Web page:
changes in extremes are projected to affect water quality and exacerbate many forms
of water pollution. In addition, sea-level rise is projected to extend areas of
salinisation of groundwater and estuaries, resulting in a decrease of freshwater
availability for humans and ecosystems in coastal areas.

g) Water supply and sanitation:

Changes in water quantity and quality due to climate change are expected to affect
food availability, stability, access and utilisation. Global withdrawals of water to
satisfy demands have grown dramatically in this century. Between 1900 and 1995,
water withdrawals increased by over six times, more than double the rate of
population growth. This rapid growth in water demand is due to the increasing
reliance on irrigation to achieve food security, the growth of industrial uses, and the
increasing use per capita for domestic purposes. Many experts, governments, and
international organizations around the world are predicting that water availability will
be one of the major challenges facing human society in the 21st century and that the
lack of water will be one of the key factors limiting development and might be the
cause of war known as "Water War".

Globally, 1.1 billion people are without access to improved water supply and 2.4
billion are without access to improved sanitation. Nepal stands forward in case of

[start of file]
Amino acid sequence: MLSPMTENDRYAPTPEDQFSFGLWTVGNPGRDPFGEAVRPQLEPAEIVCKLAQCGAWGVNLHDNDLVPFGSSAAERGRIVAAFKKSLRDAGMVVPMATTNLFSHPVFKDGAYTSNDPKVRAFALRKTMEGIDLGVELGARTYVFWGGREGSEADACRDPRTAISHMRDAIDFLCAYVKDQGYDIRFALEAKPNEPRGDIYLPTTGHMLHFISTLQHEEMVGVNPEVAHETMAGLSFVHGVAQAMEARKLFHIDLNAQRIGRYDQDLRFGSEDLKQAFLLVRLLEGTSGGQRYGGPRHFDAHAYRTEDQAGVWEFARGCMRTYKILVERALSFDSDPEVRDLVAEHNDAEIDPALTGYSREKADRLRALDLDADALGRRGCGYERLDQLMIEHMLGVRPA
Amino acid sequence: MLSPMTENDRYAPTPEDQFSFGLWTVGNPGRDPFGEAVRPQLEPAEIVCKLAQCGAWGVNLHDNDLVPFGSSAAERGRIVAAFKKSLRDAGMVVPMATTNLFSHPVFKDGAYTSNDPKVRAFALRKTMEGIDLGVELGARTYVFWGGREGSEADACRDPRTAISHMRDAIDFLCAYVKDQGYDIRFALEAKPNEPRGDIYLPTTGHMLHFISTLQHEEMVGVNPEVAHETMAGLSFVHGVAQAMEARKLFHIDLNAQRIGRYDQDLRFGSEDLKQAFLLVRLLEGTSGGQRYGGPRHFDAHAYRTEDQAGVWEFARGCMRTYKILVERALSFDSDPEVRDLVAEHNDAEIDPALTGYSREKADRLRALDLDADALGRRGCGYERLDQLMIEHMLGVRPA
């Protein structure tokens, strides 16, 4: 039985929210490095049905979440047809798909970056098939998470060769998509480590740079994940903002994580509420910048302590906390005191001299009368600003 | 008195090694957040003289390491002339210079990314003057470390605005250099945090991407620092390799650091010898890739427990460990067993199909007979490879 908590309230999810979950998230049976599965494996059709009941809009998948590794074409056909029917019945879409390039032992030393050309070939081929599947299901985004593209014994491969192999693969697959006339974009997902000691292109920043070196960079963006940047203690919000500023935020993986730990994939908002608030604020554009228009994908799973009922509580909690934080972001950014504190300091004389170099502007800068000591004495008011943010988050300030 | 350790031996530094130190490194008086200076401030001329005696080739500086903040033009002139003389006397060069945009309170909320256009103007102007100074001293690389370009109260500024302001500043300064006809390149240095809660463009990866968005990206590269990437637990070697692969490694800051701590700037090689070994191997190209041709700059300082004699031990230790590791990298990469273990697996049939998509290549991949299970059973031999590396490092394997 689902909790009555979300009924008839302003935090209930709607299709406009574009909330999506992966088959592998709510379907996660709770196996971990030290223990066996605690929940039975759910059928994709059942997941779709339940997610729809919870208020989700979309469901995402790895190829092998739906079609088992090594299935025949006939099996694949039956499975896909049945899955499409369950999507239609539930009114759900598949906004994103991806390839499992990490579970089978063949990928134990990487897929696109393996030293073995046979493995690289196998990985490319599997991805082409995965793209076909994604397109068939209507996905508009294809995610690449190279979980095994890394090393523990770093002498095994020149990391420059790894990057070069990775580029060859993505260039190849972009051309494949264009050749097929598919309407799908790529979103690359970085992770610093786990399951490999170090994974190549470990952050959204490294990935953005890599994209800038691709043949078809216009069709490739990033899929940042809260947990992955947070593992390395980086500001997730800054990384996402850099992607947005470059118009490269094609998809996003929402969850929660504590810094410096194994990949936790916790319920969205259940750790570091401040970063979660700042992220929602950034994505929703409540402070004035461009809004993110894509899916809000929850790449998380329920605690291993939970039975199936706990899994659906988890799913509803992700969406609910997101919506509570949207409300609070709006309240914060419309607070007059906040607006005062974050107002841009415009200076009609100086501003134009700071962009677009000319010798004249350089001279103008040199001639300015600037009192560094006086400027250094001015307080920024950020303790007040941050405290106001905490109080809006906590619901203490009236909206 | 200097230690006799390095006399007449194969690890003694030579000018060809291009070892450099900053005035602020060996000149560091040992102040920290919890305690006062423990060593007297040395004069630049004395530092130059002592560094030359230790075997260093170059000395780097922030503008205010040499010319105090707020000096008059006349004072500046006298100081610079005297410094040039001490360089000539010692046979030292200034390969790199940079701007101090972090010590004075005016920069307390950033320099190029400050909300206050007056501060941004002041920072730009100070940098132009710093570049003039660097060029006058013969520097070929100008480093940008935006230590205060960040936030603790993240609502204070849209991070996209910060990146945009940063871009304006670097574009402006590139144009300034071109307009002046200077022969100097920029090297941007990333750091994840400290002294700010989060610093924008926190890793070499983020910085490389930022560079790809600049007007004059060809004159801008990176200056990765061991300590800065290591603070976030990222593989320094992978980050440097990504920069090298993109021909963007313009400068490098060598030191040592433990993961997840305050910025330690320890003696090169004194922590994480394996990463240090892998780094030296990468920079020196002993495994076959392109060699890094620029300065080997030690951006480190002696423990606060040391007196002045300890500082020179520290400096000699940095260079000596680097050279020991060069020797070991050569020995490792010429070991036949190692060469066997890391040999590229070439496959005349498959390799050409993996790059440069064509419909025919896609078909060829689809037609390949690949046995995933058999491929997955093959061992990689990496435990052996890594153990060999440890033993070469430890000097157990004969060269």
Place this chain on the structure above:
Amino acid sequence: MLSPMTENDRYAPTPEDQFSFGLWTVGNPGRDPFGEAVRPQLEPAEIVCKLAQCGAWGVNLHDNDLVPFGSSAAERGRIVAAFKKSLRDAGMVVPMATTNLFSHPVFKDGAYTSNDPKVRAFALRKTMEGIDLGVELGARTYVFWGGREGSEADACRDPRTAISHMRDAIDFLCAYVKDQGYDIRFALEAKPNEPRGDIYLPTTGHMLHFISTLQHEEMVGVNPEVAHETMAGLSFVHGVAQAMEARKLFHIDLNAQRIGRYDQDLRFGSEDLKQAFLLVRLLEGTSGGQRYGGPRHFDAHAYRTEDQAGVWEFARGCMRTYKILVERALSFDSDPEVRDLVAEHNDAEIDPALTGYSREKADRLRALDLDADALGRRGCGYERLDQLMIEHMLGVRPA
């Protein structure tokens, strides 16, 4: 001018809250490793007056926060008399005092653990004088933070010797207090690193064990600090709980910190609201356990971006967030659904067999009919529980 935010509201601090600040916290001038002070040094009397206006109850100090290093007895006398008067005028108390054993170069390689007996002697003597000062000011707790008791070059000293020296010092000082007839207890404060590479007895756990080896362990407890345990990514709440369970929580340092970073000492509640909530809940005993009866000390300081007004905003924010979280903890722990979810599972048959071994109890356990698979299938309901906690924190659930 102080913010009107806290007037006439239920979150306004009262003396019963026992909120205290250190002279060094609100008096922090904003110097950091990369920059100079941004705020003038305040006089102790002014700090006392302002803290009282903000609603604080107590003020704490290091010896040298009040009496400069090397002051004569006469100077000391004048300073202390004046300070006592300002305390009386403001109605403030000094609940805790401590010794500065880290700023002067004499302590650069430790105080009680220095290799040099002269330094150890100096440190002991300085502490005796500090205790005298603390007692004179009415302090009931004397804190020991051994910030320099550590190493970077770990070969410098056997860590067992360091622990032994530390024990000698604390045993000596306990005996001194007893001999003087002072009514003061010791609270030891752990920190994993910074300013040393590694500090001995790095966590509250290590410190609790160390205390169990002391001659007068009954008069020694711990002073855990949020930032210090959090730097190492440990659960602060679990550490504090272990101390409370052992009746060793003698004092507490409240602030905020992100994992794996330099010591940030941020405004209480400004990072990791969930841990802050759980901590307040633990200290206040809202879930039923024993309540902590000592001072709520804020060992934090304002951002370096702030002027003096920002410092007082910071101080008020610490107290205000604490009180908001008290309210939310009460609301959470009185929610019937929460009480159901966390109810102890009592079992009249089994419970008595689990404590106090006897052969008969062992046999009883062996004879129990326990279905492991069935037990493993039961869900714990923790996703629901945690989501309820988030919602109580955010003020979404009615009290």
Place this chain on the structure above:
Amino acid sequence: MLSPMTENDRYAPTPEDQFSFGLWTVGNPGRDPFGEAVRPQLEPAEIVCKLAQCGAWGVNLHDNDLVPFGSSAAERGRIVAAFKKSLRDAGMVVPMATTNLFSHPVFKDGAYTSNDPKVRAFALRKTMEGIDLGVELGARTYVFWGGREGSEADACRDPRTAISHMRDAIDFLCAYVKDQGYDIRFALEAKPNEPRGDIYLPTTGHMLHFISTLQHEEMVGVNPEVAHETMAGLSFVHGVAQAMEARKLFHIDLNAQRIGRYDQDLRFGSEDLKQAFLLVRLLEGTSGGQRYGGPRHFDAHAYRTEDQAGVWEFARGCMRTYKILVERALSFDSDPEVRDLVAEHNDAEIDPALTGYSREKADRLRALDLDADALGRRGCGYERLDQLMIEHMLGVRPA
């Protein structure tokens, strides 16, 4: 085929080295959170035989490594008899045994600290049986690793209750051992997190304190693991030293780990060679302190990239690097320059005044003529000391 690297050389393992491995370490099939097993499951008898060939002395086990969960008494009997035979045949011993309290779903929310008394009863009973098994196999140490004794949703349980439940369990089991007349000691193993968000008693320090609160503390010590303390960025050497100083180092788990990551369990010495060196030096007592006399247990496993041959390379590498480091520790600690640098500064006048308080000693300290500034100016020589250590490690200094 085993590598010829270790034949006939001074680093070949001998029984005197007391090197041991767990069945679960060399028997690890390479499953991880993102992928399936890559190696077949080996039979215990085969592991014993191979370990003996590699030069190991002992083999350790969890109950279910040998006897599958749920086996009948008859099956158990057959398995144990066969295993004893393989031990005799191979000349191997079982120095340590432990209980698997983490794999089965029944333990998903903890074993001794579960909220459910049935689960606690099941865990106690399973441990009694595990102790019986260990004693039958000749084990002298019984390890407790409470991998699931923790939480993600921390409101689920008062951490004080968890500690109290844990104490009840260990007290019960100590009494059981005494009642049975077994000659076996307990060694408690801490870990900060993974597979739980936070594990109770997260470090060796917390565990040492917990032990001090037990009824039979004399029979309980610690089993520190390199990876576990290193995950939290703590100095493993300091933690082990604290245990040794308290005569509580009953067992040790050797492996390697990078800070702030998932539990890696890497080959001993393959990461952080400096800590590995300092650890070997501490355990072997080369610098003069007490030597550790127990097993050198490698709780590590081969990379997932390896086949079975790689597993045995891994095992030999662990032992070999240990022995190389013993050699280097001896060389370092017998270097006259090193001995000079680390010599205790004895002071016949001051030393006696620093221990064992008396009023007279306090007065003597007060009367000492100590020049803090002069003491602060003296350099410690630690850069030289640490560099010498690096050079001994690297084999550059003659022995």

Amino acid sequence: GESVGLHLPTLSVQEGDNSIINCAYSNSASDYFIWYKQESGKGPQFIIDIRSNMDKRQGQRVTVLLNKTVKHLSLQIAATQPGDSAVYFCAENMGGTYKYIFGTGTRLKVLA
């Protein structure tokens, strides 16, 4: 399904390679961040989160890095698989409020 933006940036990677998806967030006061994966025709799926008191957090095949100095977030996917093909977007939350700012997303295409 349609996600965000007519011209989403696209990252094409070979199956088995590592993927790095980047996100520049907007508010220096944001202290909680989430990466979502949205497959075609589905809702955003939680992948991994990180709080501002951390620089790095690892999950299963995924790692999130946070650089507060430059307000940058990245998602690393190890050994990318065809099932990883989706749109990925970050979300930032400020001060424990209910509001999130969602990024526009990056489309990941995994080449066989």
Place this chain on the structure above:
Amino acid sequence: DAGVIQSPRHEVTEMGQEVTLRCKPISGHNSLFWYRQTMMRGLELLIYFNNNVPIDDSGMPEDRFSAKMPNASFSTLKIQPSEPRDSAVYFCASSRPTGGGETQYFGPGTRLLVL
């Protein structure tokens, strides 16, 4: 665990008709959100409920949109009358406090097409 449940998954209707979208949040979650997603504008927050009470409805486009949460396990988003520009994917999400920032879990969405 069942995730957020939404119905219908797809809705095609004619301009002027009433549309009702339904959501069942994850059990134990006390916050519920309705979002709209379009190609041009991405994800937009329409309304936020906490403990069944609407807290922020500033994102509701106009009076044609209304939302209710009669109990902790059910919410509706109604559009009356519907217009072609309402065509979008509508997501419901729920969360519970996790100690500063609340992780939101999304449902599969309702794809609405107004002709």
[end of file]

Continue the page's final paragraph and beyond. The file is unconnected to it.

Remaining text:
access to improves water supply among under developing countries. In Nepal, total
population using improved drinking water source in 2006 is 89 % (UNICEF, 2007) in
which urban is 94% and rural 88%. The total population using improved sanitation
facilities in 2006 is only 27% in which urban population use 45% and rural use 24 %.
Globally,coverage for improved water supply and sanitation has increased over the
past ten years for all but urban water supply, where percentage coverage has
decreased. An enormous number of people have gained access to improved facilities
over that time: about 816 million people have gained access to improved water supply
and 747 million people have gained access to improved sanitation. Despite this
enormous increase in the absolute numbers of people with access to improved
facilities, the apparent change in coverage the increase in the numbers of people
served was just sufficient to keep pace with population growth.

h) Health and Hygiene:

Water contributes much to health. Good health is the essence of development.
However water’s protective role is unseen and taken for granted in the wealthier
countries. More attention is paid to its role in disease transmission than health
protection. Water contributes to health directly within households through food and